If you had to name the single most important lesson to be learned from the history of the twentieth century, what would it be? For me, there is one that far and away dwarfs all others. It is that socialism doesn't work. Not only doesn't work: inevitably leads to loss of freedom for the people, dictatorship, and impoverishment. And, if a government attempts to impose a "pure" form of socialism, then it gets worse and worse: mass starvation and intentional slaughter of the people by the millions or tens of millions. Oh, plus a corrupt elite that gets to live in luxury by controlling the military and secret police, all while everyone else starves.
In my days in high school in the 1960s, it was still barely possible to be a supporter of socialism under the theory of "you can't make an omelet without breaking a few eggs." (The phrase was used repeatedly by the reprehensible Walter Duranty of the New York Times in justifying Stalin's atrocities.) Sure they've had a few purges, the theory went (while suppressing the enormous numbers actually slaughtered), but with government-led regimentation of the economy, everyone will eventually be richer and the wealth will be far more equitably distributed. But even then word of the economic disaster of China's "Great Leap Forward" was leaking out. (Today we know that that effort in the late 50s and early 60s to collectivize the Chinese economy led to rapid economic collapse, mass starvation, and something in the range of 18 to 45 million deaths. ) Then when the Soviet Union collapsed in 1990 and 1991, we learned that in return for decades of living in constant fear in a 24/7 prison state, the Soviet people had gotten an economy that was less than 20% the size of the main Western economies on a per capita basis, with the majority of that going to the military while the people lived in tiny hovels and ate potatoes if they were lucky.
But could it be that the problems of the Soviet Union and of Maoist China were just problems of proper execution, and that socialism would work just fine and achieve the utopian workers' paradise as soon as someone did it right? To refute that possibility, we've been given one after another after another example of socialist disaster for the past 50 and more years. Consider the cases of Cambodia (the "killing fields" of 1975 -79 -- estimated 1.7 to 2.5 million killed out of a population of about 8 million, and most of those shot rather than starved); Cuba (abject poverty and total repression, while the elite lives in luxury); North Korea (same plus periodic mass starvation and a gulag imprisoning hundreds of thousands); and, most recently, the complete self-destruction of Venezuela.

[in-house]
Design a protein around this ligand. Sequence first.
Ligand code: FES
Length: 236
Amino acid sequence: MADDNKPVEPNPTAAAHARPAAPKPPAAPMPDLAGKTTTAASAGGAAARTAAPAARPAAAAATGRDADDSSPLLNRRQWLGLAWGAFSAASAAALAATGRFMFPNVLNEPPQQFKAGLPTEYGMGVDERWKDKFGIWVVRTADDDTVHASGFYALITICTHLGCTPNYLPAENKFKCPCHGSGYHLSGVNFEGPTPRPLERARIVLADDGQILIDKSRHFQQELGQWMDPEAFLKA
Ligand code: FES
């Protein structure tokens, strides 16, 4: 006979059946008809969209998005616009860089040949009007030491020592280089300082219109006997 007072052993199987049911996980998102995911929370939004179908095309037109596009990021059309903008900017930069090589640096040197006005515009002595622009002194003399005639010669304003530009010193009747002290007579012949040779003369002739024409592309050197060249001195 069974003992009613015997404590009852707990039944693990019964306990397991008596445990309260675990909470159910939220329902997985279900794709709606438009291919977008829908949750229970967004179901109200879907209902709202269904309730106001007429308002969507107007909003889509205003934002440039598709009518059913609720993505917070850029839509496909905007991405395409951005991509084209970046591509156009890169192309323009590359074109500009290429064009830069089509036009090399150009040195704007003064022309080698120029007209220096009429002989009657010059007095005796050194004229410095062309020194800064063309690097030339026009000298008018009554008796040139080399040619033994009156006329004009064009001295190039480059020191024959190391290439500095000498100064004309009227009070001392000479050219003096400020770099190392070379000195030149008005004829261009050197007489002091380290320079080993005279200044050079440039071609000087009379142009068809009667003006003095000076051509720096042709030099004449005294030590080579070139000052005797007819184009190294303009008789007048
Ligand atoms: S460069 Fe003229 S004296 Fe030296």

And in the face of this history, we have running for President a candidate proudly declaring himself to be a "socialist." Writing in the New York Post over the weekend, Paul Sperry points out that Bernie Sanders absolutely should be taken literally in his adoption of the word "socialist" to describe his program; indeed Sperry suggests that the word "communist" would also be appropriate. Sperry recites a litany of Sanders's actions embracing socialism and communism, from joining the Young People's Socialist League in college, to heading the American People's History Society ("an organ for Marxist propaganda"), to taking "goodwill" trips (during his tour as mayor of Burlington, Vermont) to the Soviet Union and to Nicaragua, to even flying a Soviet flag on his desk.
And with that background, Sanders is nipping at the heals of the supposed frontrunner for the Democratic nomination. And what is the core of Sanders's support? For starters, it's academics and young people who are either still in college or have recently completed a college education. Could there be any clearer indication of the crisis in higher education today? In academia they have completely abandoned any effort to learn about the world and pass the knowledge on to the next generation, and instead they have retreated into total self-absorption and delusion.
Not having a strong penchant for self-torture, I watched only small snippets of last night's Democratic debate. But I've seen enough to diagnose Hillary's problem: she is very likely a socialist herself. Confronted with Sanders's proposals for government takeover of the healthcare sector, takeover of health insurance companies, takeover of all big banks, and so forth, Hillary is unable to articulate why these are bad ideas. Her best response is something like, "this is too expensive right now and we need first to digest what we've already started." But fundamentally, she agrees with the concept that the government can and should assume collective responsibility for taking care of all significant problems of the people. Certainly, she has never articulated a boundary or limit beyond which government takeover of the economy should not go.